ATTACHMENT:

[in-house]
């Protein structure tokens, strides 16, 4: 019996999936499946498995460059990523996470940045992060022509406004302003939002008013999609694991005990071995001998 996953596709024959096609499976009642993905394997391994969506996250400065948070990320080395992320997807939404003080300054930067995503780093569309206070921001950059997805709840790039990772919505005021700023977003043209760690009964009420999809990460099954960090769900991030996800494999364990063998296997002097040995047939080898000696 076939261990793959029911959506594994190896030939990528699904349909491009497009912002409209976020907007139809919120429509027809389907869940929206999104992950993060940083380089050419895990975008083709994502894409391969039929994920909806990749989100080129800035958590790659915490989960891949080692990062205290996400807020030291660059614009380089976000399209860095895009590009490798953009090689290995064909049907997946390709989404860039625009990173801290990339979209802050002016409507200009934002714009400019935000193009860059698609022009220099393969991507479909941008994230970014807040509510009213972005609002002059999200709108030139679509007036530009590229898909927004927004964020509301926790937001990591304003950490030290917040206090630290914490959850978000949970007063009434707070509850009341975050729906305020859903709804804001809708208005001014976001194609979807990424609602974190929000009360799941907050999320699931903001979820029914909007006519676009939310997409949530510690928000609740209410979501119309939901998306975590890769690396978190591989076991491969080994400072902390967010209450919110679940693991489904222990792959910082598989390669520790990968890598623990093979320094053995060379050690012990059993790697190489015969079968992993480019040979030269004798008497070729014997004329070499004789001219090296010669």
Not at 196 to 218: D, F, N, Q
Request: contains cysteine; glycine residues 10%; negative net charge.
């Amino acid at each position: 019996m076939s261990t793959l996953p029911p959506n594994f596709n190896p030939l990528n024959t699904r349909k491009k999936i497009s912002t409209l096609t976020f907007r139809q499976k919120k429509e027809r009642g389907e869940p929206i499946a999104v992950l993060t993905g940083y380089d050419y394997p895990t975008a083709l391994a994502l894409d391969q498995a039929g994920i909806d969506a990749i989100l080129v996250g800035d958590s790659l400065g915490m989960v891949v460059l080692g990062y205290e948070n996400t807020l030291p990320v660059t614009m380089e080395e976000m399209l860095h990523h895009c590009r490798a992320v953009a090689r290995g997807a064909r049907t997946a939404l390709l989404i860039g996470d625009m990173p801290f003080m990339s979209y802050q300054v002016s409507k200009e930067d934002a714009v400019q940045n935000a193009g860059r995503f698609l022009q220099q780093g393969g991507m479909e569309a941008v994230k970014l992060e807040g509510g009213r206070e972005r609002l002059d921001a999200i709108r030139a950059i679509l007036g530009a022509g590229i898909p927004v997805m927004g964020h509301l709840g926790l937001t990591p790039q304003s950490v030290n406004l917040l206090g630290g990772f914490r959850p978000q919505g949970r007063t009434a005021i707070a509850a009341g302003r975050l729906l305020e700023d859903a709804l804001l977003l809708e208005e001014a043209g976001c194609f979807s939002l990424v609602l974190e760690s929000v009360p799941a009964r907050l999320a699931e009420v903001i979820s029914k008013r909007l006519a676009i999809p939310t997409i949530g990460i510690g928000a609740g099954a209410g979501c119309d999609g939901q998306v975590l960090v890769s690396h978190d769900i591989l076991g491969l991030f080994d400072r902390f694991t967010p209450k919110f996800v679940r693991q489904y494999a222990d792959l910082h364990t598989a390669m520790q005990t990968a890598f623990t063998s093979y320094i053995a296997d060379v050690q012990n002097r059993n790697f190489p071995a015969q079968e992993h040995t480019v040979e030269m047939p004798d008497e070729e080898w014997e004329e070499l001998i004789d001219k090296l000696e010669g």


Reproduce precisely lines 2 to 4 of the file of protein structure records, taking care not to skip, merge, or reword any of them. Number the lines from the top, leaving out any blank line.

């Protein structure tokens, strides 16, 4: 019996999936499946498995460059990523996470940045992060022509406004302003939002008013999609694991005990071995001998 996953596709024959096609499976009642993905394997391994969506996250400065948070990320080395992320997807939404003080300054930067995503780093569309206070921001950059997805709840790039990772919505005021700023977003043209760690009964009420999809990460099954960090769900991030996800494999364990063998296997002097040995047939080898000696 076939261990793959029911959506594994190896030939990528699904349909491009497009912002409209976020907007139809919120429509027809389907869940929206999104992950993060940083380089050419895990975008083709994502894409391969039929994920909806990749989100080129800035958590790659915490989960891949080692990062205290996400807020030291660059614009380089976000399209860095895009590009490798953009090689290995064909049907997946390709989404860039625009990173801290990339979209802050002016409507200009934002714009400019935000193009860059698609022009220099393969991507479909941008994230970014807040509510009213972005609002002059999200709108030139679509007036530009590229898909927004927004964020509301926790937001990591304003950490030290917040206090630290914490959850978000949970007063009434707070509850009341975050729906305020859903709804804001809708208005001014976001194609979807990424609602974190929000009360799941907050999320699931903001979820029914909007006519676009939310997409949530510690928000609740209410979501119309939901998306975590890769690396978190591989076991491969080994400072902390967010209450919110679940693991489904222990792959910082598989390669520790990968890598623990093979320094053995060379050690012990059993790697190489015969079968992993480019040979030269004798008497070729014997004329070499004789001219090296010669």
Not at 196 to 218: D, F, N, Q
Request: contains cysteine; glycine residues 10%; negative net charge.